I think back to my time in Maryland, where I started my career in healthcare. Maryland was and remains an “all-payer” state for reimbursement. It is the only state in the country that operates under this methodology through a waiver by the Centers for Medicare & Medicaid Services. The waiver is conditional on healthcare expenses in Maryland increasing less than the percentage increase nationally. Not only has Maryland been able to maintain this waiver, it has one of the lowest healthcare costs of any State in the Country, while maintaining some of the highest quality goals.

What is most intriguing about the Maryland system is that all payers, including Medicaid and Medicare, pay the same fees for like-services at any one hospital. The rates charged by each hospital are based on their unique costs. As such, each hospital has an ability to charge rates that cover their costs. Therefore, each hospital is generally viable on its own.

What is important to note about the Maryland system, however, is that, for it to remain successful, the rationale for paying for healthcare services must be based on a sound financial model.

Most significantly, the reallocation of reimbursement does not increase reimbursement as a whole, but redistributes it on a more equitable basis. In fact, it should result in lower healthcare costs as the most underserved are cared for in a proactive way, thus improving the health of the entire population.

It has never been more apparent than with the coronavirus crisis at hand that safety-net hospitals need to be protected and allowed to be viable. There is not going to be a better time in our history to not only recognize the disparities of healthcare in New York, but to finally do something about it.

With our frontline healthcare workers putting their lives on the line every day, it is a small ask for our public officials to take some risk and to materially change a system that is not working.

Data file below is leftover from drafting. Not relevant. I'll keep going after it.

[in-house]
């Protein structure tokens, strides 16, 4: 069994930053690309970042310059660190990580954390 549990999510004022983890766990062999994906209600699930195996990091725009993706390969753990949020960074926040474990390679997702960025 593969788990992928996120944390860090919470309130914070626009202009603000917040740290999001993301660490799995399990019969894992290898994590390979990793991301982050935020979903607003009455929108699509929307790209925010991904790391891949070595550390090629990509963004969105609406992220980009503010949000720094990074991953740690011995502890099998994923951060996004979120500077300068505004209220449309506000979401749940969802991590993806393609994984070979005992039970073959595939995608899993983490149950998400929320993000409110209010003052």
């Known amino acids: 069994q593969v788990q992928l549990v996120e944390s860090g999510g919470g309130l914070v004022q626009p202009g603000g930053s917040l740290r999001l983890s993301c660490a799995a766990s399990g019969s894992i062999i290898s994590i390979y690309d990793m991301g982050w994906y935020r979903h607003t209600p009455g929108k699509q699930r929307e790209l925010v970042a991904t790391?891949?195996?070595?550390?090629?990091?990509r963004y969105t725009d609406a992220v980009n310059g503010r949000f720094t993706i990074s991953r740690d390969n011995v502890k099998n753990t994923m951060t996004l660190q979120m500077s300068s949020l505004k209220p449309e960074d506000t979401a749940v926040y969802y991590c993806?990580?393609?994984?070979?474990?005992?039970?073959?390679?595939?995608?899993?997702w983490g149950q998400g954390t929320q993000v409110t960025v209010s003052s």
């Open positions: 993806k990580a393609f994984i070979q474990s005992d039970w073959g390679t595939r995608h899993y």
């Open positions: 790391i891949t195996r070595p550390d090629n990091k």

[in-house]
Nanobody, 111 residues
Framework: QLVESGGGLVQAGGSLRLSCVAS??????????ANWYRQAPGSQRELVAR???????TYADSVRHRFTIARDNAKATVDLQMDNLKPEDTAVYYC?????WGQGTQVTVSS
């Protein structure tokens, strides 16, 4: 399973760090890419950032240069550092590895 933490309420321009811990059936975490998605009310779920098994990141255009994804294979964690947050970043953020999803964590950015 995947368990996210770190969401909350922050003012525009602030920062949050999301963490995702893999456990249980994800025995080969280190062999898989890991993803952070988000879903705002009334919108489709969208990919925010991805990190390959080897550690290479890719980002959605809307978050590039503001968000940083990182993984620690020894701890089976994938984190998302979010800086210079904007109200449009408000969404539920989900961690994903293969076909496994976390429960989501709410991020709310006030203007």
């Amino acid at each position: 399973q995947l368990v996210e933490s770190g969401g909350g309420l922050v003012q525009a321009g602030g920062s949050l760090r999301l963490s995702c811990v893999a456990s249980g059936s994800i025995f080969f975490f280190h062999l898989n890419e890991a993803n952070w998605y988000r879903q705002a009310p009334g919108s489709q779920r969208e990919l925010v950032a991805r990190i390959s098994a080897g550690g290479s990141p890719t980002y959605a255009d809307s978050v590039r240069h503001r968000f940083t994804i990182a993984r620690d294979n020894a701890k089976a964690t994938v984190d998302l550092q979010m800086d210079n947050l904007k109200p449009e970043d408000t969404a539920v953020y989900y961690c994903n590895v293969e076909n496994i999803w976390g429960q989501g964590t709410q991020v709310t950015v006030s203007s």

I believe the Governor, who has shown amazing leadership in this crisis and makes me proud to be an American, now needs to extend that leadership to ensuring that the MRT comes up with recommendations that will not just “tweak” a system that needs to be revolutionized.

Gary Terrinoni, whose career spans Johns Hopkins in Baltimore and Jefferson Health in Philadelphia, is the CEO of The Brooklyn Hospital.

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  1. By allowing so many hospitals to close we have built an ineffective system not capable of handling emergencies. So many things that use to be done in a hospital are done in free standing for profit facilities that our hospitals are seriously financially stressed. These free standing facilities skim the profitable cream away and so the hospitals are financially not sustainable, While we were once over bedded with longest average length of stay in the nation, we have now gone to the other extreme. Our system is broken,,,haven’t you heard.
    I was chairman of heath care reform in NJ and I participated in some hospitals being closed and under funded.

    One more point the way hospitals make up the short fall is to charge insurance companies more to make up the differences and the cost for uncompensated care. This increases your cost of insurance in NY by at least 1/3. Its also a travesty that the uninsured are billed the most irrespective of their ability to pay…